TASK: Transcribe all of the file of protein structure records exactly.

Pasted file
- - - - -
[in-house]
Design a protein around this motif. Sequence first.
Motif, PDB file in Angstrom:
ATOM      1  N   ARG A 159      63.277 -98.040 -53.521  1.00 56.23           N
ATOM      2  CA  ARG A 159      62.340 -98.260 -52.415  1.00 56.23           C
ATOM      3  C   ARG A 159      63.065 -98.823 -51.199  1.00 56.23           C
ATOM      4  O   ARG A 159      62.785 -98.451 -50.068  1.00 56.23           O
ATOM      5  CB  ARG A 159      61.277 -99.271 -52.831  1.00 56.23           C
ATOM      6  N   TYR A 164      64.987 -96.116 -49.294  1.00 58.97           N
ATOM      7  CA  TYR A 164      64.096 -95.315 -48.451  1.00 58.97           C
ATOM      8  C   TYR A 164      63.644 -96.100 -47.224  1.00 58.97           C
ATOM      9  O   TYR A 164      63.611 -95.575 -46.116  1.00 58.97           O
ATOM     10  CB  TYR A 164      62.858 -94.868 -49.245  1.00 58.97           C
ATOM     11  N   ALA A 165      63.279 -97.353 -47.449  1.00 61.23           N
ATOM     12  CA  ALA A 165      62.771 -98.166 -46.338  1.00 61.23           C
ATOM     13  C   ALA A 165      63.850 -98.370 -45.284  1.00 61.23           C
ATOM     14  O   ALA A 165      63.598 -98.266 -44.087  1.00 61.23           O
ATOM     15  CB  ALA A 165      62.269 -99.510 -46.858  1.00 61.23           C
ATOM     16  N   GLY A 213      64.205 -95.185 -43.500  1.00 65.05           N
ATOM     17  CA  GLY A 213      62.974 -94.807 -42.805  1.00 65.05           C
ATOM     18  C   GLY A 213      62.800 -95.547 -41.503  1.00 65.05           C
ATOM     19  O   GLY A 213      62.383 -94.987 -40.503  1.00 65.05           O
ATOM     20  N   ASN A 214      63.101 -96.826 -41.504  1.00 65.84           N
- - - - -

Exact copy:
[in-house]
Design a protein around this motif. Sequence first.
Motif, PDB file in Angstrom:
ATOM      1  N   ARG A 159      63.277 -98.040 -53.521  1.00 56.23           N
ATOM      2  CA  ARG A 159      62.340 -98.260 -52.415  1.00 56.23           C
ATOM      3  C   ARG A 159      63.065 -98.823 -51.199  1.00 56.23           C
ATOM      4  O   ARG A 159      62.785 -98.451 -50.068  1.00 56.23           O
ATOM      5  CB  ARG A 159      61.277 -99.271 -52.831  1.00 56.23           C
ATOM      6  N   TYR A 164      64.987 -96.116 -49.294  1.00 58.97           N
ATOM      7  CA  TYR A 164      64.096 -95.315 -48.451  1.00 58.97           C
ATOM      8  C   TYR A 164      63.644 -96.100 -47.224  1.00 58.97           C
ATOM      9  O   TYR A 164      63.611 -95.575 -46.116  1.00 58.97           O
ATOM     10  CB  TYR A 164      62.858 -94.868 -49.245  1.00 58.97           C
ATOM     11  N   ALA A 165      63.279 -97.353 -47.449  1.00 61.23           N
ATOM     12  CA  ALA A 165      62.771 -98.166 -46.338  1.00 61.23           C
ATOM     13  C   ALA A 165      63.850 -98.370 -45.284  1.00 61.23           C
ATOM     14  O   ALA A 165      63.598 -98.266 -44.087  1.00 61.23           O
ATOM     15  CB  ALA A 165      62.269 -99.510 -46.858  1.00 61.23           C
ATOM     16  N   GLY A 213      64.205 -95.185 -43.500  1.00 65.05           N
ATOM     17  CA  GLY A 213      62.974 -94.807 -42.805  1.00 65.05           C
ATOM     18  C   GLY A 213      62.800 -95.547 -41.503  1.00 65.05           C
ATOM     19  O   GLY A 213      62.383 -94.987 -40.503  1.00 65.05           O
ATOM     20  N   ASN A 214      63.101 -96.826 -41.504  1.00 65.84           N